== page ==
DETROIT – As the Red Wings returned to practice Monday following a six-day break, Dylan Larkin was still soaking in his All-Star weekend experience – one that included him breaking the NHL’s 20-year record as the fastest skater on Saturday night.
“It was just a cool thing,” Larkin said following the Red Wings practice Monday afternoon. “I didn’t feel that I didn’t belong, but I felt like a kid, I guess. It was cool and just to break the record … I didn’t see that coming, I didn’t even know what it was. I just tried to skate as fast I could so it was just cool to break the record and see the response from the guys.”
The 19-year-old Larkin took center stage Saturday at Nashville’s Bridgestone Arena, opening the skills competition with an astonishing time of 13.172 seconds in the fastest skater finals.
Larkin shattered Mike Gartner’s record of 13.386 seconds set at the 1996 All-Star Game in Boston. At the time he established the record, Gartner, then with the Toronto Maple Leafs, was 36 years old.
Larkin appeared to stumble in the third turn, but managed to skate through trouble on the way to setting the new record.
“He’s got that type of ability,” Red Wings coach Jeff Blashill said. “I thought that was neat, and neat for the Red Wings and their fans, neat for Dylan.”
Representing the Atlantic Division in the new 3-on-3 format on Sunday, Larkin shined once again, collecting three assists in his team’s 4-3 semifinal win over the all stars from the Metropolitan Division.
The win gave Larkin and his Atlantic teammates a chance to win the $1 million team prize. Unfortunately, the Pacific Division, led by captain John Scott – who was voted into the game by fans – skated off with a stunning 1-0 win.
“The goalies were unbelievable,” Larkin said. “Then there’s posts and there’s five or six unbelievable saves. There were a few open nets that were missed.”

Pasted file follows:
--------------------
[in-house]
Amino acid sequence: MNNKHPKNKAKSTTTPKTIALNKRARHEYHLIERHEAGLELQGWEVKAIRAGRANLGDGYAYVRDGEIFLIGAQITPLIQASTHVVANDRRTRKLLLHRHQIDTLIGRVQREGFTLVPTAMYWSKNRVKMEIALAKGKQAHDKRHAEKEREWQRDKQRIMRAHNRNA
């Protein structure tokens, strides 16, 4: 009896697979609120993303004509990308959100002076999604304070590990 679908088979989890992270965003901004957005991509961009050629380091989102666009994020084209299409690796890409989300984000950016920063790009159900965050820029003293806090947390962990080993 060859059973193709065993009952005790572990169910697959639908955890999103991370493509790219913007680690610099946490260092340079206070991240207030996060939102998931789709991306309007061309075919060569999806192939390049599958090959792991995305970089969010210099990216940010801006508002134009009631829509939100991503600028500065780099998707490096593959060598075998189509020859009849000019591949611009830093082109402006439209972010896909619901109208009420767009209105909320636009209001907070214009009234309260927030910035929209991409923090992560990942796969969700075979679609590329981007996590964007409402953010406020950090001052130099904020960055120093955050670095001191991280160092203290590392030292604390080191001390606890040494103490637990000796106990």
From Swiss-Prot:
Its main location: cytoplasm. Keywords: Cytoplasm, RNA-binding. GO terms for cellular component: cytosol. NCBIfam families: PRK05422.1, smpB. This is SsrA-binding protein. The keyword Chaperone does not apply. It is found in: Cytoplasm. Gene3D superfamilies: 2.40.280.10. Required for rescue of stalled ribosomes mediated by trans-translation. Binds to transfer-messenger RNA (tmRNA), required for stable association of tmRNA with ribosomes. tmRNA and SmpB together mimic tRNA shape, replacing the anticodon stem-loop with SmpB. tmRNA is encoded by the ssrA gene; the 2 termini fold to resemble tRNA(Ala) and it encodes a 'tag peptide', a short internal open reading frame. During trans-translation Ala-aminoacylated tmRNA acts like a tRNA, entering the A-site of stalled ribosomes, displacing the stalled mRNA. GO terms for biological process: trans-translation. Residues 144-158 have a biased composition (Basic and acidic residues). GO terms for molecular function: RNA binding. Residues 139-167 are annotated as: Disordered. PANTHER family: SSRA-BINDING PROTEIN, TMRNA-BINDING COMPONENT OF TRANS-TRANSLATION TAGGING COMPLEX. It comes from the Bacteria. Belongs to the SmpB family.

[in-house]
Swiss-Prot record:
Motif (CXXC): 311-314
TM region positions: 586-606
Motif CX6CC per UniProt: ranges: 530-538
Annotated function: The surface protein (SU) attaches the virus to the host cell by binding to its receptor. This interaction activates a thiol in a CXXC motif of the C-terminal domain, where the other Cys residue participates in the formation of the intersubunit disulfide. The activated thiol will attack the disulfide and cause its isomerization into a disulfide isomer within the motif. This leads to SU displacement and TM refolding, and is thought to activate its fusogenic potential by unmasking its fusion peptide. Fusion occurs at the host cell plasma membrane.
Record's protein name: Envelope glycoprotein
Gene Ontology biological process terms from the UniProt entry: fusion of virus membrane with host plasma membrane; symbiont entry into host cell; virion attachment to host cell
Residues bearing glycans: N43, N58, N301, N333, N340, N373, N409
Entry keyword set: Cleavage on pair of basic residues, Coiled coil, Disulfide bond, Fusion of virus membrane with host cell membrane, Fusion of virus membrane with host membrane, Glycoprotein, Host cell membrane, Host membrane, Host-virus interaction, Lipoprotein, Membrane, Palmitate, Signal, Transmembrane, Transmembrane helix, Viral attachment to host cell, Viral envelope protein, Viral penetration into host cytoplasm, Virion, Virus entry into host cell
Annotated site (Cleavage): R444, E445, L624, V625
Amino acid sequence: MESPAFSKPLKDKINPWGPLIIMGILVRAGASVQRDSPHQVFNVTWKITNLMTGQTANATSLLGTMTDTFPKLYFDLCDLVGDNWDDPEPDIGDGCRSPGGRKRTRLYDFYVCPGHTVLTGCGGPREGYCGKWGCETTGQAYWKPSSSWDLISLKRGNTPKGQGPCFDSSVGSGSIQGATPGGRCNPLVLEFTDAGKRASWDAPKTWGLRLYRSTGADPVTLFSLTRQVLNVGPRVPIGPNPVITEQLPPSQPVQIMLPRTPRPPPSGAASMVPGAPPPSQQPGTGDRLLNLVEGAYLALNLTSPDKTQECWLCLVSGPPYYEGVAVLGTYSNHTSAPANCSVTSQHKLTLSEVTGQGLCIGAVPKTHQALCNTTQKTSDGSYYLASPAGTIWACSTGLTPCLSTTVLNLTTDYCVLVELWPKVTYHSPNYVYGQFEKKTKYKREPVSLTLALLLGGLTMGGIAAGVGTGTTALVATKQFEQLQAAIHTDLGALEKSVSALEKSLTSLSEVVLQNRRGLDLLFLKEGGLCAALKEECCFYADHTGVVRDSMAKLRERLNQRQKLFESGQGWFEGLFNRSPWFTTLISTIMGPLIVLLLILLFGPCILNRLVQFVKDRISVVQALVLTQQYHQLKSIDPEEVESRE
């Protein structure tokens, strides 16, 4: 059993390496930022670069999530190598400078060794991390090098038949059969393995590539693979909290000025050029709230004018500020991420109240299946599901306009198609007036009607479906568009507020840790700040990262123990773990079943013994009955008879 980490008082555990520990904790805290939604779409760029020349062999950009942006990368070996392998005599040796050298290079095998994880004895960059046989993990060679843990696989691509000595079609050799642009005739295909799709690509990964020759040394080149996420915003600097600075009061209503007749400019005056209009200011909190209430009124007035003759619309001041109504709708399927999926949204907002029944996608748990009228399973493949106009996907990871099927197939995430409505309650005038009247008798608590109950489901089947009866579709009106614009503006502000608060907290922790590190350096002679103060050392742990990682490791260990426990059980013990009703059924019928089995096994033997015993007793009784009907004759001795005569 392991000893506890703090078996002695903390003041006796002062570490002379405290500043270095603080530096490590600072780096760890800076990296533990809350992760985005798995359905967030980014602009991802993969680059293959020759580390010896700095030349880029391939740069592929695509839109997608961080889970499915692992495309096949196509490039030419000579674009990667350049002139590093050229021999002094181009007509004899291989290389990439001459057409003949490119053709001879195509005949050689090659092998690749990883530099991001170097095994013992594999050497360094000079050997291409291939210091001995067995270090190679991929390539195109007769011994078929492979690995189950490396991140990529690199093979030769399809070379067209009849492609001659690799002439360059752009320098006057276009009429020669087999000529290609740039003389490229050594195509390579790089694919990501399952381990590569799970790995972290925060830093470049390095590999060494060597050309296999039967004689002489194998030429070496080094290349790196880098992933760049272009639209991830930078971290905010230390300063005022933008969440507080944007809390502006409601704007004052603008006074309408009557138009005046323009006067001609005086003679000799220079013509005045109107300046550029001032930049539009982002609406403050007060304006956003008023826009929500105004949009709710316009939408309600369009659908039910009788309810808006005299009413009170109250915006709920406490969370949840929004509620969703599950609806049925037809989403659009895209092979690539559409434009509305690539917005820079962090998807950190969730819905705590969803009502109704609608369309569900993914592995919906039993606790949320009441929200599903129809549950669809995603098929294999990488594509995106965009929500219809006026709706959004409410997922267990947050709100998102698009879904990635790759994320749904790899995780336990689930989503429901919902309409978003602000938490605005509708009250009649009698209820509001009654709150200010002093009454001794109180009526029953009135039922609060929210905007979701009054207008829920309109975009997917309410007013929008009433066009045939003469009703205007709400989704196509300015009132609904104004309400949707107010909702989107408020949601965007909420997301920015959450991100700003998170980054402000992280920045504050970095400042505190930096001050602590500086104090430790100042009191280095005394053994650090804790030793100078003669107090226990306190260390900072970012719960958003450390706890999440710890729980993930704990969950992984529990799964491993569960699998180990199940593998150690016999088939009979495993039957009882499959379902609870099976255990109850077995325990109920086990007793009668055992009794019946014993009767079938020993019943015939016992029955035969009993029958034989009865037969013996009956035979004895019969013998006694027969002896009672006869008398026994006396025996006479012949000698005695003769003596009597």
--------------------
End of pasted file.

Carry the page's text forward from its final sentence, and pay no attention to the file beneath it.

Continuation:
Though scoring was way down in the final 20-minute contest, Larkin said the intensity of the players was exactly what he expected.
“I was hoping they would be like that,” he said. “I kind of went in like ‘whatever’ (but) I really don’t have an in between (gear), I guess. Never really been like that to just glide around or coast. … I just wanted to push the pace a little bit and set the tone”
Blashill liked how the Wings’ rookie handled the All-Star hype before and during the weekend festivities.
“It’ll be a day-to-day challenge for him to continue to remind himself, and he knows this, the daily work it takes,” Blashill said. “We all know, having been around, that the bright lights can come fast and go just as quick. He wants to be a long-term great player, he’s got to continue with the same approach he has and that’s been be humble, extremely down to earth and extremely hard-working, and if he continues to do that he’ll continue to see those bright lights.”
Definitely the fastest skater the Wings have had since Darren Helm made his NHL debut in 2008, the comparison had some in the Wings’ dressing room wonder which speedster, Larkin or Helm, would win in a foot race?
“He would win,” Larkin conceded. “But I still won the one at the All-Star Game.”